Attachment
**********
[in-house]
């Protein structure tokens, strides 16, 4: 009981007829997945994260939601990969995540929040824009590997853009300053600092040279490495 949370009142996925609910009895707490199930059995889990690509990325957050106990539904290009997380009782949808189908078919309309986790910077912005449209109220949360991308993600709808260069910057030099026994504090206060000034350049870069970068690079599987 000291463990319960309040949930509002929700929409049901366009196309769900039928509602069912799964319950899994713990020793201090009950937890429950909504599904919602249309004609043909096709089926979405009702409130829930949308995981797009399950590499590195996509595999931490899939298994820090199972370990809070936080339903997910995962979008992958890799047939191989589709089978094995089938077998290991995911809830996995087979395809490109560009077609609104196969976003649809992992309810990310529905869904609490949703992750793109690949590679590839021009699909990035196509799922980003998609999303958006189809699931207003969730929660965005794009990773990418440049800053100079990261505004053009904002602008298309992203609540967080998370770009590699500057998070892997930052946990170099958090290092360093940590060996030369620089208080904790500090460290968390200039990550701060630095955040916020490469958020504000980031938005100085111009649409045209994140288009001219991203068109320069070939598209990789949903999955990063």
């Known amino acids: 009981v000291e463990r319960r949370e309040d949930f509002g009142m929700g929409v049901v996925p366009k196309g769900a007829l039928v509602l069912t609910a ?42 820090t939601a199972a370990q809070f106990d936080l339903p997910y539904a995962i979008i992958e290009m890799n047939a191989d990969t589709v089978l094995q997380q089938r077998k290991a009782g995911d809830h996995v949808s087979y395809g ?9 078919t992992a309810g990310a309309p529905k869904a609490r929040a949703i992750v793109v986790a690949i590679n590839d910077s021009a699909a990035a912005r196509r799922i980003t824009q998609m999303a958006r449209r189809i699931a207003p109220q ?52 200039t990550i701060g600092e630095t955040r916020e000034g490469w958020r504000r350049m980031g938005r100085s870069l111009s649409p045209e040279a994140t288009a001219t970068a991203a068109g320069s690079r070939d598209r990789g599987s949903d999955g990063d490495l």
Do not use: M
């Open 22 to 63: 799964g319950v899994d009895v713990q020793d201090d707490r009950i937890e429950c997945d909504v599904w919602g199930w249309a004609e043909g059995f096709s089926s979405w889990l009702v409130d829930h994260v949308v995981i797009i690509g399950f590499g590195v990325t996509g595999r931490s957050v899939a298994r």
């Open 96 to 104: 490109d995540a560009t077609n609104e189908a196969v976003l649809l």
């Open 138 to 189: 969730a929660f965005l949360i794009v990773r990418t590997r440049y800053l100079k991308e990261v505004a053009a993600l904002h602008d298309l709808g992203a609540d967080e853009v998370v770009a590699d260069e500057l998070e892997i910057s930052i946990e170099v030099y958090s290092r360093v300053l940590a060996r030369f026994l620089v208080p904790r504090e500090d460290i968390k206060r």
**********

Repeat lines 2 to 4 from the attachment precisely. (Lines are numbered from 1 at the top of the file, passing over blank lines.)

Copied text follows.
């Protein structure tokens, strides 16, 4: 009981007829997945994260939601990969995540929040824009590997853009300053600092040279490495 949370009142996925609910009895707490199930059995889990690509990325957050106990539904290009997380009782949808189908078919309309986790910077912005449209109220949360991308993600709808260069910057030099026994504090206060000034350049870069970068690079599987 000291463990319960309040949930509002929700929409049901366009196309769900039928509602069912799964319950899994713990020793201090009950937890429950909504599904919602249309004609043909096709089926979405009702409130829930949308995981797009399950590499590195996509595999931490899939298994820090199972370990809070936080339903997910995962979008992958890799047939191989589709089978094995089938077998290991995911809830996995087979395809490109560009077609609104196969976003649809992992309810990310529905869904609490949703992750793109690949590679590839021009699909990035196509799922980003998609999303958006189809699931207003969730929660965005794009990773990418440049800053100079990261505004053009904002602008298309992203609540967080998370770009590699500057998070892997930052946990170099958090290092360093940590060996030369620089208080904790500090460290968390200039990550701060630095955040916020490469958020504000980031938005100085111009649409045209994140288009001219991203068109320069070939598209990789949903999955990063």
């Known amino acids: 009981v000291e463990r319960r949370e309040d949930f509002g009142m929700g929409v049901v996925p366009k196309g769900a007829l039928v509602l069912t609910a ?42 820090t939601a199972a370990q809070f106990d936080l339903p997910y539904a995962i979008i992958e290009m890799n047939a191989d990969t589709v089978l094995q997380q089938r077998k290991a009782g995911d809830h996995v949808s087979y395809g ?9 078919t992992a309810g990310a309309p529905k869904a609490r929040a949703i992750v793109v986790a690949i590679n590839d910077s021009a699909a990035a912005r196509r799922i980003t824009q998609m999303a958006r449209r189809i699931a207003p109220q ?52 200039t990550i701060g600092e630095t955040r916020e000034g490469w958020r504000r350049m980031g938005r100085s870069l111009s649409p045209e040279a994140t288009a001219t970068a991203a068109g320069s690079r070939d598209r990789g599987s949903d999955g990063d490495l």
Do not use: M